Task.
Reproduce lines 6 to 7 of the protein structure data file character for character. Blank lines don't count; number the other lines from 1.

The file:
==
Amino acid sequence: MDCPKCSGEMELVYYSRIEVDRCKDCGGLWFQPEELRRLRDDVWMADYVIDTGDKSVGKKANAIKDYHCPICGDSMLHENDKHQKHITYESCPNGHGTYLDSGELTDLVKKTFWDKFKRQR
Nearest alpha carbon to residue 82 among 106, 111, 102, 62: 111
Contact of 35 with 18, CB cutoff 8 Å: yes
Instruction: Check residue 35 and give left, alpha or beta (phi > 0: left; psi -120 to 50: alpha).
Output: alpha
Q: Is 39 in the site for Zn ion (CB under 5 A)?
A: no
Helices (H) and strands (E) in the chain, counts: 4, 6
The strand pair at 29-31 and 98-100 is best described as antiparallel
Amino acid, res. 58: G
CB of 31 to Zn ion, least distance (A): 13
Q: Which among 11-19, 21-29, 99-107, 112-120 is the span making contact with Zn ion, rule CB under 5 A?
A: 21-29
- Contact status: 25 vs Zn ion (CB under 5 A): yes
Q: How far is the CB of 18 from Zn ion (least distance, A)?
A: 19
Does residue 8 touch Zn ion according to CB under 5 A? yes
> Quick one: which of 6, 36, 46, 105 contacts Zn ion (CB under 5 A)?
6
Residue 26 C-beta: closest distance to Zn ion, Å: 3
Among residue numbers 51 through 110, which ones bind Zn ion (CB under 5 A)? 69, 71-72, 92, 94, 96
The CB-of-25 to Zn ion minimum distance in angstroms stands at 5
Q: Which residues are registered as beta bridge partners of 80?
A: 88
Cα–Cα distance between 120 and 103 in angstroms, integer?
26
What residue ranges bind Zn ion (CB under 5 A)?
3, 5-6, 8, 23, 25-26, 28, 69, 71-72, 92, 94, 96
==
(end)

Q: Is 39 in the site for Zn ion (CB under 5 A)?
A: no